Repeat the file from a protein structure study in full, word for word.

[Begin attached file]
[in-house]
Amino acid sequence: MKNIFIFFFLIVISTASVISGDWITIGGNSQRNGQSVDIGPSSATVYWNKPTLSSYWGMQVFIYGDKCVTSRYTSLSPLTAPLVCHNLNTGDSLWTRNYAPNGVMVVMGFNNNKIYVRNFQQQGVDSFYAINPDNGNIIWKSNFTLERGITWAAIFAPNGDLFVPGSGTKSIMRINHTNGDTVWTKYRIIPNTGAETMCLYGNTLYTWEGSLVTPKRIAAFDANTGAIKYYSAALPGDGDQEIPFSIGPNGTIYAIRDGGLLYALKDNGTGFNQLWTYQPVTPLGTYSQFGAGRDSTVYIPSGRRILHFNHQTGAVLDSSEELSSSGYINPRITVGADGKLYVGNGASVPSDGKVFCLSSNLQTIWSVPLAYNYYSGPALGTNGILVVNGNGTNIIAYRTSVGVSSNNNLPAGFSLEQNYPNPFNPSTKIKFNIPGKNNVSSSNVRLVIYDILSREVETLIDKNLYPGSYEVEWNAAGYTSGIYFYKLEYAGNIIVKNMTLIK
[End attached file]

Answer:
[in-house]
Amino acid sequence: MKNIFIFFFLIVISTASVISGDWITIGGNSQRNGQSVDIGPSSATVYWNKPTLSSYWGMQVFIYGDKCVTSRYTSLSPLTAPLVCHNLNTGDSLWTRNYAPNGVMVVMGFNNNKIYVRNFQQQGVDSFYAINPDNGNIIWKSNFTLERGITWAAIFAPNGDLFVPGSGTKSIMRINHTNGDTVWTKYRIIPNTGAETMCLYGNTLYTWEGSLVTPKRIAAFDANTGAIKYYSAALPGDGDQEIPFSIGPNGTIYAIRDGGLLYALKDNGTGFNQLWTYQPVTPLGTYSQFGAGRDSTVYIPSGRRILHFNHQTGAVLDSSEELSSSGYINPRITVGADGKLYVGNGASVPSDGKVFCLSSNLQTIWSVPLAYNYYSGPALGTNGILVVNGNGTNIIAYRTSVGVSSNNNLPAGFSLEQNYPNPFNPSTKIKFNIPGKNNVSSSNVRLVIYDILSREVETLIDKNLYPGSYEVEWNAAGYTSGIYFYKLEYAGNIIVKNMTLIK